Clients can combine certain holistic methods with detox. Examples of these are yoga, meditation, faith-based or spiritual practices to name a few. These methods can help greatly in the overall endeavor to get clean and stay that way.
You’ve got to eat properly. A lot of foods these days are full of toxins. Processed sugar, saturated fats, chemicals, preservatives – these are not good for your body and cause more mental and physical distress than is generally realized. Anxiety, depression, exhaustion, susceptibility to illness (impaired immunity) – and a slew of physical disorders – can all be traced back to poor nutrition.
Establishing a sound diet of lean meats, fish, poultry (preferably organic), plant-based proteins, fresh fruits, and LOTS of fresh vegetables will go a long way towards general health and well-being and will aid the detox process.
Just like nutrition, lack of exercise contributes to fatigue, exhaustion, and depression. While going through detox, you may not be in a frame of mind to get daily exercise, but as soon as you feel up to it, doing a daily run or workout can work wonders for your physical and emotional health.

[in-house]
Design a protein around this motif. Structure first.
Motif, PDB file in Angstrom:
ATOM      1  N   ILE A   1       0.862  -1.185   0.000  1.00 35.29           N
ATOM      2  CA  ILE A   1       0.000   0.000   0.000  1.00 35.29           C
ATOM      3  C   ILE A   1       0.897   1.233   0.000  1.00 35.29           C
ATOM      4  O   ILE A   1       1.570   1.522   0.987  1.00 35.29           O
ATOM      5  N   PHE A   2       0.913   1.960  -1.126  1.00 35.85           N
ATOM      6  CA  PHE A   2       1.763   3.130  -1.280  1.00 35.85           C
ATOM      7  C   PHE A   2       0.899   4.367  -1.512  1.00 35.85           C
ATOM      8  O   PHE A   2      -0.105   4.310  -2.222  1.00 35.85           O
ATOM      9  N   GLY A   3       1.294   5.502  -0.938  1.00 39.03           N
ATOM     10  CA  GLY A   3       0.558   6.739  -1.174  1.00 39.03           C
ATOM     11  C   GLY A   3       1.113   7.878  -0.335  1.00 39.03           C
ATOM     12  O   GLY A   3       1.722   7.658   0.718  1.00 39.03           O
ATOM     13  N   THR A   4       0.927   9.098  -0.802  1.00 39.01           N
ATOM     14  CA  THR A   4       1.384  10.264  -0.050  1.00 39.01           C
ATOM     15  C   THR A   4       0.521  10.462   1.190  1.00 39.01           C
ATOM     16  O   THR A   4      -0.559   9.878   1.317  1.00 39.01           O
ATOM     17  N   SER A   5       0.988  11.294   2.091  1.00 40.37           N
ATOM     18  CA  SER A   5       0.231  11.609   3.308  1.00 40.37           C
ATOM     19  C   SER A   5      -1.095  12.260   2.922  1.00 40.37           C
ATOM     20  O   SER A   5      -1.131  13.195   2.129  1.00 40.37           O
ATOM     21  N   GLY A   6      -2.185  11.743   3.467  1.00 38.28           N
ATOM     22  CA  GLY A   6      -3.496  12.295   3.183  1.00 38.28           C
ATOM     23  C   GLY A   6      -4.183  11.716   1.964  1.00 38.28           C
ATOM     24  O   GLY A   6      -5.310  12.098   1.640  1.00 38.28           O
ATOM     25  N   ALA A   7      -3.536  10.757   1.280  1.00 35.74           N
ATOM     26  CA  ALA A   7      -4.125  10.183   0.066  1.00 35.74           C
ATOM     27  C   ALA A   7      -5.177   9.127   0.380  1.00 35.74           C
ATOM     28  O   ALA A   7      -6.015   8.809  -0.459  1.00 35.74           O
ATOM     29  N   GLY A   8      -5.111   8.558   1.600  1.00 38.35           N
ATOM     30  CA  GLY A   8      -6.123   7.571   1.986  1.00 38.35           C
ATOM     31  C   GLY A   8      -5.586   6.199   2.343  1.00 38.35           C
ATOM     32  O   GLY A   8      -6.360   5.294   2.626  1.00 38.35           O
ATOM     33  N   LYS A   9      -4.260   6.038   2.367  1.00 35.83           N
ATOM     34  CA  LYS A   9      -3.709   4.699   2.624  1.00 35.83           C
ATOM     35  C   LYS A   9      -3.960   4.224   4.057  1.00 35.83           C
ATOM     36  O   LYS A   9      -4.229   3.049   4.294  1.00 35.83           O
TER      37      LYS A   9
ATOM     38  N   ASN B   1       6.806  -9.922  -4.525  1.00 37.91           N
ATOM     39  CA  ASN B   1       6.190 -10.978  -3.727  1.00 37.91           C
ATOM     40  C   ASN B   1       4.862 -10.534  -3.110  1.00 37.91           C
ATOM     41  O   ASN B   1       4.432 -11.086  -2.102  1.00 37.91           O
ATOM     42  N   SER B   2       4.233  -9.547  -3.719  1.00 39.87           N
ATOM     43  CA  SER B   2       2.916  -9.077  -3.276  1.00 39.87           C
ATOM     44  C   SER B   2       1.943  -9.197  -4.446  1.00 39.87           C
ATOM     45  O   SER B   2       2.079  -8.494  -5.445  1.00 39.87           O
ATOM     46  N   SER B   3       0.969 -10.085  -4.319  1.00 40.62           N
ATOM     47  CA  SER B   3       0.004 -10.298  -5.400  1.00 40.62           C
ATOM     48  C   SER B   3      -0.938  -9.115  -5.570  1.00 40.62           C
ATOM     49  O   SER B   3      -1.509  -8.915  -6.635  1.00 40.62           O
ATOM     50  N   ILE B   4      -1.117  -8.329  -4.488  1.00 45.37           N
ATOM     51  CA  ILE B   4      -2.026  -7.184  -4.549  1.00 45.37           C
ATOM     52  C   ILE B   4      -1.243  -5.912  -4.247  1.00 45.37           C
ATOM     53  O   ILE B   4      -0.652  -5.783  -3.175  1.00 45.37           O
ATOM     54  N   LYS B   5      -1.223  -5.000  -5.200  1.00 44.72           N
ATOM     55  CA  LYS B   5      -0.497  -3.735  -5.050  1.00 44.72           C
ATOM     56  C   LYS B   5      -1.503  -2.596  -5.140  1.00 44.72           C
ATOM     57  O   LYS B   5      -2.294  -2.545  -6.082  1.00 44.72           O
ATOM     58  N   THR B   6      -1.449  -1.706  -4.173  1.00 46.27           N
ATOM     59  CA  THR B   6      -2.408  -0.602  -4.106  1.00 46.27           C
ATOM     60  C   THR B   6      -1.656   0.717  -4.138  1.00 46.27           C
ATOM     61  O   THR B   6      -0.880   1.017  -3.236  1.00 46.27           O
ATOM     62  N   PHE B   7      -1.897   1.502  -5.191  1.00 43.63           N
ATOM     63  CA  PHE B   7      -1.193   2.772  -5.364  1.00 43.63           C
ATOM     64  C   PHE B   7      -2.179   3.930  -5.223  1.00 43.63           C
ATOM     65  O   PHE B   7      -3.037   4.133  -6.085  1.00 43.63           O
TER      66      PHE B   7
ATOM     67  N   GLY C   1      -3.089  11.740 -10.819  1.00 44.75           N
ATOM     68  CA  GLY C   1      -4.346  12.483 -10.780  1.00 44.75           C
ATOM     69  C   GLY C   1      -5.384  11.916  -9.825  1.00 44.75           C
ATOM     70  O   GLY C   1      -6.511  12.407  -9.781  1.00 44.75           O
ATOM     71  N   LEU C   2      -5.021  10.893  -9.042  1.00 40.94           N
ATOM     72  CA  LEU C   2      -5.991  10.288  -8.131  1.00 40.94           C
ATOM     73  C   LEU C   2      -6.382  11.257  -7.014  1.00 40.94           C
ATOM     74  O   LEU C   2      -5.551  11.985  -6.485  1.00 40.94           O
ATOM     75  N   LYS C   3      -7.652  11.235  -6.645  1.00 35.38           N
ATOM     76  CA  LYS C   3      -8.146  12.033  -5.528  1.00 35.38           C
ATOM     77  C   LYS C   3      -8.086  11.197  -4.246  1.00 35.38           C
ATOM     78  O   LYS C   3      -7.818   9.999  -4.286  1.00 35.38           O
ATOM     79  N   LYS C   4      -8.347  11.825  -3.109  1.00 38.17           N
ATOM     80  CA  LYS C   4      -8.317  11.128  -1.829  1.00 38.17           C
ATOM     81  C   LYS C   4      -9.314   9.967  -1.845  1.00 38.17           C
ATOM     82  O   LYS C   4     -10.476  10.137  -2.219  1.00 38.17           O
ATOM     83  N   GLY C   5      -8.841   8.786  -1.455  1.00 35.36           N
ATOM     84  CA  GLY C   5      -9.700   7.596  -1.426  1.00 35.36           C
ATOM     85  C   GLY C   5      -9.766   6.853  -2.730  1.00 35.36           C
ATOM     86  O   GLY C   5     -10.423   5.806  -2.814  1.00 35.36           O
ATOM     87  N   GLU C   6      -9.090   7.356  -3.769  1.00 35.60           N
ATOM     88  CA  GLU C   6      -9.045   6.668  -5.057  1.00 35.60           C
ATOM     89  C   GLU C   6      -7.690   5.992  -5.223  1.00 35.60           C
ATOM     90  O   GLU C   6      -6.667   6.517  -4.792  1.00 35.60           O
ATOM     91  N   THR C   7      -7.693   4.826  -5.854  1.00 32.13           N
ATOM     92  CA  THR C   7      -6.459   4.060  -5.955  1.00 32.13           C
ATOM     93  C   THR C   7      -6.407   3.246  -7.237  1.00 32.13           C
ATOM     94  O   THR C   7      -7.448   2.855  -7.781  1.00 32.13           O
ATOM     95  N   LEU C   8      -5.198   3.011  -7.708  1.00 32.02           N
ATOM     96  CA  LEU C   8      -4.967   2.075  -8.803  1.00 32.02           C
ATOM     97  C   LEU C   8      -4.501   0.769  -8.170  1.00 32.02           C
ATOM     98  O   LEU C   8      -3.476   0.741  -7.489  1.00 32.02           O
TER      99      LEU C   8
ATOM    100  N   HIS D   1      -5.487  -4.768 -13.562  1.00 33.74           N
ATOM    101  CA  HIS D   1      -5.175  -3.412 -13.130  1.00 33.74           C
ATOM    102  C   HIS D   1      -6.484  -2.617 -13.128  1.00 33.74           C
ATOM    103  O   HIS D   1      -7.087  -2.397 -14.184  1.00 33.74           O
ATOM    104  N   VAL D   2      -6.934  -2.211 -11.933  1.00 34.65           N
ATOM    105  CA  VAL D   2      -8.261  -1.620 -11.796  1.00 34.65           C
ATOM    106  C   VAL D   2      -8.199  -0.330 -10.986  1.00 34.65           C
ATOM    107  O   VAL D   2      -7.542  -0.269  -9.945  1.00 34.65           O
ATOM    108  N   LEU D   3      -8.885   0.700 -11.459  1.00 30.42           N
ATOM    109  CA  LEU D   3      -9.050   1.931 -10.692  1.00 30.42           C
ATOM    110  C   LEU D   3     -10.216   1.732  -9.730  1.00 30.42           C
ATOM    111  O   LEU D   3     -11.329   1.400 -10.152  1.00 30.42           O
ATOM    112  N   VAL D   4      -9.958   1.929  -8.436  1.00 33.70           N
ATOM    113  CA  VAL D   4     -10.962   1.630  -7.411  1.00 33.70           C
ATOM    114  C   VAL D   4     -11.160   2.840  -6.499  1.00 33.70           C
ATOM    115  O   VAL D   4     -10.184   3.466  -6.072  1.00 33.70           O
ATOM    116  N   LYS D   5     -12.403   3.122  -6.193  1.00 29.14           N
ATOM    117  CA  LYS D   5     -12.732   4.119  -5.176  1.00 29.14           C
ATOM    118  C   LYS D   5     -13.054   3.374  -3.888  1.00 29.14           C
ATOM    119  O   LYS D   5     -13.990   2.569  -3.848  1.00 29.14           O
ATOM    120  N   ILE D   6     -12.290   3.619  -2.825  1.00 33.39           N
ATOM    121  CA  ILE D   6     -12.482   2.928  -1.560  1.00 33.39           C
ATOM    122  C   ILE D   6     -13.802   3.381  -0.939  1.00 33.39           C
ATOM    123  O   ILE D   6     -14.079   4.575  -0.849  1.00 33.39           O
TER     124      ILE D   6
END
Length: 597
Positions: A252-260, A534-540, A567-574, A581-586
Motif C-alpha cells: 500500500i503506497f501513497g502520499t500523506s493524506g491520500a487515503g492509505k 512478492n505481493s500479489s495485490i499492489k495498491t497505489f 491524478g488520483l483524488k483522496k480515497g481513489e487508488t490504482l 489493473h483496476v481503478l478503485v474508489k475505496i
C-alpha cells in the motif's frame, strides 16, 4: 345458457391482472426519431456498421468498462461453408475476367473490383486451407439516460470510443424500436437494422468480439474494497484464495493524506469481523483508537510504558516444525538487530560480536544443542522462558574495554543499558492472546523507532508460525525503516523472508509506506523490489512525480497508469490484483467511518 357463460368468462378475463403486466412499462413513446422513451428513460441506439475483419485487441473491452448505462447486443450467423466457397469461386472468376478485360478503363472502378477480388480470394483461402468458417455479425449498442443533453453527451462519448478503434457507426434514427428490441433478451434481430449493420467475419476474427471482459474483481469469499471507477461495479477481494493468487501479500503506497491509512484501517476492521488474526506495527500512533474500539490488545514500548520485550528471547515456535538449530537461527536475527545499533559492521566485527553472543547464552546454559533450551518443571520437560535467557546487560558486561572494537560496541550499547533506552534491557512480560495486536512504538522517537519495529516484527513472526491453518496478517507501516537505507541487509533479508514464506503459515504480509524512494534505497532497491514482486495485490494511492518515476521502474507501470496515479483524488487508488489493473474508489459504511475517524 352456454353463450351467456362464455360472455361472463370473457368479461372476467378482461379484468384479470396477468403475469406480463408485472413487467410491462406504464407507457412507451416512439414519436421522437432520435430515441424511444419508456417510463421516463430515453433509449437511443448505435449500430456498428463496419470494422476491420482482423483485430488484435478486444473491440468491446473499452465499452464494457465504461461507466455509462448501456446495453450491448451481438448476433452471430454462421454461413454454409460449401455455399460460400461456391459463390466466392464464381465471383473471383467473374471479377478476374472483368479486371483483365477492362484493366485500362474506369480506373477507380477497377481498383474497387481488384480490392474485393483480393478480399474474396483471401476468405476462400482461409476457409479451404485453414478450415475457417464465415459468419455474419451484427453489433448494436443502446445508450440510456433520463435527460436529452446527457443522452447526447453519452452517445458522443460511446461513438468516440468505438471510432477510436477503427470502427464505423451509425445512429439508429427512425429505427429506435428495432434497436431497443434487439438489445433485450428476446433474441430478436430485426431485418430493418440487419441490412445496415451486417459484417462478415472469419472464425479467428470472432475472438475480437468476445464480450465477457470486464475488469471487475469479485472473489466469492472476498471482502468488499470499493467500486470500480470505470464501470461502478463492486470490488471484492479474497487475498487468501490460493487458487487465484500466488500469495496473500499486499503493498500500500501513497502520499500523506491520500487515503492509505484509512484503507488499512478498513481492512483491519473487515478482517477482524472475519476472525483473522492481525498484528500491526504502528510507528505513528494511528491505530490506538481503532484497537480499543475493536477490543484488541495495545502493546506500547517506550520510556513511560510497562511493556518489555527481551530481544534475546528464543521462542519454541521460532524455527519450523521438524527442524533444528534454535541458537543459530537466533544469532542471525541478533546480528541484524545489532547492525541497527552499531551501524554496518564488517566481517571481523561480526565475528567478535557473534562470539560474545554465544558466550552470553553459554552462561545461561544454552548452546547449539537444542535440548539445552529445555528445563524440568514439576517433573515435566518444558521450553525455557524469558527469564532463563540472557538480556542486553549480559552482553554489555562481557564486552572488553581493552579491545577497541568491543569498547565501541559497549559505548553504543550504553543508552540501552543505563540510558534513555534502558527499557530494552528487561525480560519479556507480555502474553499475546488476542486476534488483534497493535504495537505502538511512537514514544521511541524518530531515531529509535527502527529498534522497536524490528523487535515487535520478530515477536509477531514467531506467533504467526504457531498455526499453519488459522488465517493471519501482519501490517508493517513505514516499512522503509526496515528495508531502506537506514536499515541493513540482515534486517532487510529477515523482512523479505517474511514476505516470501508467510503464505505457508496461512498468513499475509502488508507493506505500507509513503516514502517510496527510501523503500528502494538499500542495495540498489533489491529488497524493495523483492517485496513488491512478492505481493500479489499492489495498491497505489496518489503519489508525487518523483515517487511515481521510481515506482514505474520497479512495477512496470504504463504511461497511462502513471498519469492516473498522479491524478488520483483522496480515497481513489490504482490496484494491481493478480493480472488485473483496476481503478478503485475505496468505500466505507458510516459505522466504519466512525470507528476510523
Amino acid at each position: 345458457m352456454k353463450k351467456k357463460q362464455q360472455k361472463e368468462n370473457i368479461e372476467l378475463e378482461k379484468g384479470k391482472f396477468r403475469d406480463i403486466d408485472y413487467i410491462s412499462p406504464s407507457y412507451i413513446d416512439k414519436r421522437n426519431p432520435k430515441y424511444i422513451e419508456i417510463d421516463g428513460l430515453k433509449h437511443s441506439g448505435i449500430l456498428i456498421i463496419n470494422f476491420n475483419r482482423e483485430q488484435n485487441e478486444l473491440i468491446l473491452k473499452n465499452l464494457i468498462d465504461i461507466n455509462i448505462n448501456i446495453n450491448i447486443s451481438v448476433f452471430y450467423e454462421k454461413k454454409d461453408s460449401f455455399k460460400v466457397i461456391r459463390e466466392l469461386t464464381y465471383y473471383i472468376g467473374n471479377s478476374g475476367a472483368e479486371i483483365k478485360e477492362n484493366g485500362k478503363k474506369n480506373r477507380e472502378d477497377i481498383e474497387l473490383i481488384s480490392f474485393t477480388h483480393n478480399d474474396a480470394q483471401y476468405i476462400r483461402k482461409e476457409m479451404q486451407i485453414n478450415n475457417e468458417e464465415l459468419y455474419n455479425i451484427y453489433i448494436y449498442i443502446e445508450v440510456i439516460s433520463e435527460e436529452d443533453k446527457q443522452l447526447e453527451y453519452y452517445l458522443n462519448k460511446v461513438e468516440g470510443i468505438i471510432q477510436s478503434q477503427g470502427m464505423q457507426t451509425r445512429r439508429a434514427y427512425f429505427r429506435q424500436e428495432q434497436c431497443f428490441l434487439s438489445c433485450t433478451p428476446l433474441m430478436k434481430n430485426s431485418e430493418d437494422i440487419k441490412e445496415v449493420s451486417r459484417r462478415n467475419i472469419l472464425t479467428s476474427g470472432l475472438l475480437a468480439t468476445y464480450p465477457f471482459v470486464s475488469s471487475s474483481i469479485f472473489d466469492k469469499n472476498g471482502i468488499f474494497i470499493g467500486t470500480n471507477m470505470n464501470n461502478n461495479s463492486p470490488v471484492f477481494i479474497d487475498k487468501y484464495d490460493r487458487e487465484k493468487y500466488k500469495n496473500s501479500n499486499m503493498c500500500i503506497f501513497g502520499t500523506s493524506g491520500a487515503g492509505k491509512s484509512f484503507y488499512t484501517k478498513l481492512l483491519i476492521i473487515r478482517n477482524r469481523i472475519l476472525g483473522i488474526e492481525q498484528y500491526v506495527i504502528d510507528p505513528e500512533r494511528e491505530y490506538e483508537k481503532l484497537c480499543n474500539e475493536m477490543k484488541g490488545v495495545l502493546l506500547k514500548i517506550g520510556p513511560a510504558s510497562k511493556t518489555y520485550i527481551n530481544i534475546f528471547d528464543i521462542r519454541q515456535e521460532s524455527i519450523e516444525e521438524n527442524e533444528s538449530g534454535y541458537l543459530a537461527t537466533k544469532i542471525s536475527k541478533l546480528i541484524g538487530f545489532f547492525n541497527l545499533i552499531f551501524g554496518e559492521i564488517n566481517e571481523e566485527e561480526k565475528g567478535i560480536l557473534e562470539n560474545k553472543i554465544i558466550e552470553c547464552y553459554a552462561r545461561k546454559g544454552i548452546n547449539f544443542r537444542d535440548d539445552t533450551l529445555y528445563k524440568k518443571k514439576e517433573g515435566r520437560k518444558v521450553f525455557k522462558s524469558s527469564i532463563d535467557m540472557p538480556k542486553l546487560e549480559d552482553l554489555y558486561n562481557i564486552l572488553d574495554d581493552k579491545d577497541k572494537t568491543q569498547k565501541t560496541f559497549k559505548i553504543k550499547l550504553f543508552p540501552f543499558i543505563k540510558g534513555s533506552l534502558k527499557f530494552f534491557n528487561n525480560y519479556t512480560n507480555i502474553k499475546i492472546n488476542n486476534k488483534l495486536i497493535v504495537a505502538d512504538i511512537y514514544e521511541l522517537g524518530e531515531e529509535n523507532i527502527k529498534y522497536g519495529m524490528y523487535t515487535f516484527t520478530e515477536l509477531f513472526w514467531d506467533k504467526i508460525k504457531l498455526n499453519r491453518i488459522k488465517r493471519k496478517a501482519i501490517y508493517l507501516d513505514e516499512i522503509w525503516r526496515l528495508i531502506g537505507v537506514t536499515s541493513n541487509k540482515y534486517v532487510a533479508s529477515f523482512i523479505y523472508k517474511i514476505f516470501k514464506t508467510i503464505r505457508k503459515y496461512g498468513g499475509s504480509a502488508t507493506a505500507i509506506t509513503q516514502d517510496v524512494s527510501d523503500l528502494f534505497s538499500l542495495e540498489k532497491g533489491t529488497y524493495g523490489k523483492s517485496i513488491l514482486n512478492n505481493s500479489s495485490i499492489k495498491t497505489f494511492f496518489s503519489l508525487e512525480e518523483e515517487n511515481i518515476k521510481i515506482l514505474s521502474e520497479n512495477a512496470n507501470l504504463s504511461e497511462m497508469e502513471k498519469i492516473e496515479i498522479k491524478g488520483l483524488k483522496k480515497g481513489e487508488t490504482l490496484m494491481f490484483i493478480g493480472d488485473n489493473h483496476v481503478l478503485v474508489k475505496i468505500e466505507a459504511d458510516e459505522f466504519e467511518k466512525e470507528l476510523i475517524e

You’ve got to get enough sleep. Many drug addicts and alcoholics have a lot of trouble with sleep. When a body is not rested, it releases the “panic” chemicals – neurotransmitters that tell you there is imminent danger. Insufficient sleep also causes depression, fatigue, body aches, and headaches. None of this is any help for someone trying to kick a drug habit. A detox program should provide ways to help a person sleep. An addict’s sleep habits can be wildly erratic, up for days and crashed over and over again. It is vital to restore normal sleep patterns.
An addict can have other illnesses that could have been brought on or worsened by their drug abuse. Many people are diabetic and drug use does not help this condition in the slightest. Anyone going through detox should see a doctor and get standard medical guidance.
When you arrive at detox, you should consult with the counselors and specialists to formulate your specific program. Each drug is different. Each person is different. Each withdrawal is different. Through a consolidated effort, you can get through detox with relative ease and emerge drug-free, ready for the next phase of rehab.